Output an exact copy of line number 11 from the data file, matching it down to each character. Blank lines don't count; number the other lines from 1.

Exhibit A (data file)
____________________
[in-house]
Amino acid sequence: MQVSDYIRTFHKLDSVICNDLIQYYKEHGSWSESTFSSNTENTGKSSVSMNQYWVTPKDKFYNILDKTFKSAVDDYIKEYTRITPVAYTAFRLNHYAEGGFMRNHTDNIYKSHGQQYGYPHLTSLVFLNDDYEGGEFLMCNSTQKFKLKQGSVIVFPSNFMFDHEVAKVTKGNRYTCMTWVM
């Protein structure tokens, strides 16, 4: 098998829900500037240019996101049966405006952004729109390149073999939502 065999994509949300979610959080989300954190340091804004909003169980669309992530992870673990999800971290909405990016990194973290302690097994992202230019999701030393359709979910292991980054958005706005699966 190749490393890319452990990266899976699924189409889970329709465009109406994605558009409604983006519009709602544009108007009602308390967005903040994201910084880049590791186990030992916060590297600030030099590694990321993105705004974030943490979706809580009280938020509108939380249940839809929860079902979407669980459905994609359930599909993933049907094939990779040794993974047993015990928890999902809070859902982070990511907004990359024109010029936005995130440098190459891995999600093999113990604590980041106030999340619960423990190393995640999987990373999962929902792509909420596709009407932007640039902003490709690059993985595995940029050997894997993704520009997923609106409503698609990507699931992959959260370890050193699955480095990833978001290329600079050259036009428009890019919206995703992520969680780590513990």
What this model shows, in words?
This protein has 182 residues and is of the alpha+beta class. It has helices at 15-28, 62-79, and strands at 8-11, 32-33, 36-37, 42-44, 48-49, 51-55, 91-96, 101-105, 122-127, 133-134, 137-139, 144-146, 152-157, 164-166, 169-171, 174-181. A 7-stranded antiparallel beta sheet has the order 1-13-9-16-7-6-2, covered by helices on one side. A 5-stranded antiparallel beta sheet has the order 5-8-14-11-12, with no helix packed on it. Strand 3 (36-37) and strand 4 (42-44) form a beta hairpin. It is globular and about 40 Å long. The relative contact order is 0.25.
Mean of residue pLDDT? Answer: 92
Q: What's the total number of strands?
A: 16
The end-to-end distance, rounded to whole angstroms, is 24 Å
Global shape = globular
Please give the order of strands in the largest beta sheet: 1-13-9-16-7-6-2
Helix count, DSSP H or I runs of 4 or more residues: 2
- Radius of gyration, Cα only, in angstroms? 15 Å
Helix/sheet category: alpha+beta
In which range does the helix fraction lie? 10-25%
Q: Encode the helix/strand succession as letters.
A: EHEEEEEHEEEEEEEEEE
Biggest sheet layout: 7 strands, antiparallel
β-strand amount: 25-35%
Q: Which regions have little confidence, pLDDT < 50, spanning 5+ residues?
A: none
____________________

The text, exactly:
Please give the order of strands in the largest beta sheet: 1-13-9-16-7-6-2